It's always been a complicated relationship. Politicians rely on scientists to provide them with accurate advice they can use to make important decisions about the lives we all lead. But keeping politicians up to date with science, as parliament's scientific champion Andrew Miller admits, is "permanently difficult". And ministers often decide to ignore the advice they receive altogether.
Each department has a chief scientific officer. Miller, as chair of the Commons' science and technology committee, talks to all of them. "With a few exceptions, the relationships are moving in the right direction," he says. "There have been some exceptions where the way in which scientific advice has been sought and delivered has been tantamount to saying, 'here's the answer, now give me the question'. That comes from people who don't understand how proper scientific decisions are determined."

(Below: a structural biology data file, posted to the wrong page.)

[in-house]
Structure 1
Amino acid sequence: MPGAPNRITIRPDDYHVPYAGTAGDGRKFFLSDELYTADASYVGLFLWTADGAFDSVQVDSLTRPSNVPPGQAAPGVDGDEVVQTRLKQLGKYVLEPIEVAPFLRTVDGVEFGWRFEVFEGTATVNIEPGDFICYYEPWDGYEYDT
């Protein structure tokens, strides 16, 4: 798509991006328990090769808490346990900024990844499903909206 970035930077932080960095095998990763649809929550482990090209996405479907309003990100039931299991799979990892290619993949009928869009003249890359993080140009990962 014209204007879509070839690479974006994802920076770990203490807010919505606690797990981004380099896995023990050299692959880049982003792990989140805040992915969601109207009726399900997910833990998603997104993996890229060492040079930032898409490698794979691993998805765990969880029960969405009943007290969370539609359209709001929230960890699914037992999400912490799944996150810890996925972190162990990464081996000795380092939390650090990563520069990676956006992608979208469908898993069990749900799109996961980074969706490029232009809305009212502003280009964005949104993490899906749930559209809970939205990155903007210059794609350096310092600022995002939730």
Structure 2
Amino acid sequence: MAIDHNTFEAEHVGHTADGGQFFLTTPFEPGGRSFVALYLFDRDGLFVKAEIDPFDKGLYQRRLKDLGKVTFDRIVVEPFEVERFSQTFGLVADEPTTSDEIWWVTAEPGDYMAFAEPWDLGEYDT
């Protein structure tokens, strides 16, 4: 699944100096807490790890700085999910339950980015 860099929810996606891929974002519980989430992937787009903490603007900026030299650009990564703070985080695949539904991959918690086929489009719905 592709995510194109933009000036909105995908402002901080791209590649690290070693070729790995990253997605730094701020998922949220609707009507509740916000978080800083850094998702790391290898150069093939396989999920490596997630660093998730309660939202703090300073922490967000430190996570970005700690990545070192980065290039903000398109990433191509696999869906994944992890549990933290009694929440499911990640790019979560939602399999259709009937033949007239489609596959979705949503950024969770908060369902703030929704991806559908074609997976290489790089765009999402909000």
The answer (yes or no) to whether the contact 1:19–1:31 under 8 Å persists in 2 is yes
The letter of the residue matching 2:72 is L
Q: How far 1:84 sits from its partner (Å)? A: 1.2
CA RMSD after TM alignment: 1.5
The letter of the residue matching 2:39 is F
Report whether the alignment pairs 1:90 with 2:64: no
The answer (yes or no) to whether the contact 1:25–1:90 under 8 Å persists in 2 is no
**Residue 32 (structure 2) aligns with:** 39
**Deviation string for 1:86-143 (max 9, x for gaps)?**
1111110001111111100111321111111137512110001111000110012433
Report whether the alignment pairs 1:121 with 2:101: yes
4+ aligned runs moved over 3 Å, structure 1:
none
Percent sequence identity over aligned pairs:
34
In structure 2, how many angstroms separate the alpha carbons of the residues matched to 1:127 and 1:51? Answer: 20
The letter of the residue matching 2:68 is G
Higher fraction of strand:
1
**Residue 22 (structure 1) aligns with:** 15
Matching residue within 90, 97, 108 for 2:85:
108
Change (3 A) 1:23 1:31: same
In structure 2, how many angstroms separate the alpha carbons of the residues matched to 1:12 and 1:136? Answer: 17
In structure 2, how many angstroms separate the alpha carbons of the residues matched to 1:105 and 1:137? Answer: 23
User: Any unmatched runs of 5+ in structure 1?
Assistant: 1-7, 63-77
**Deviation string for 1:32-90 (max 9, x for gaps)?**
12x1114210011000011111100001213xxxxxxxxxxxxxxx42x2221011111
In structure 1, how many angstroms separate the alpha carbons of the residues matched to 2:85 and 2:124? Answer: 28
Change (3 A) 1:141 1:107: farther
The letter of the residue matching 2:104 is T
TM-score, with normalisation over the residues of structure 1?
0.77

Politics is often to blame for the disconnect between science and policy. Take fracking, one of the mostRead More »from Why can’t science and politics get along?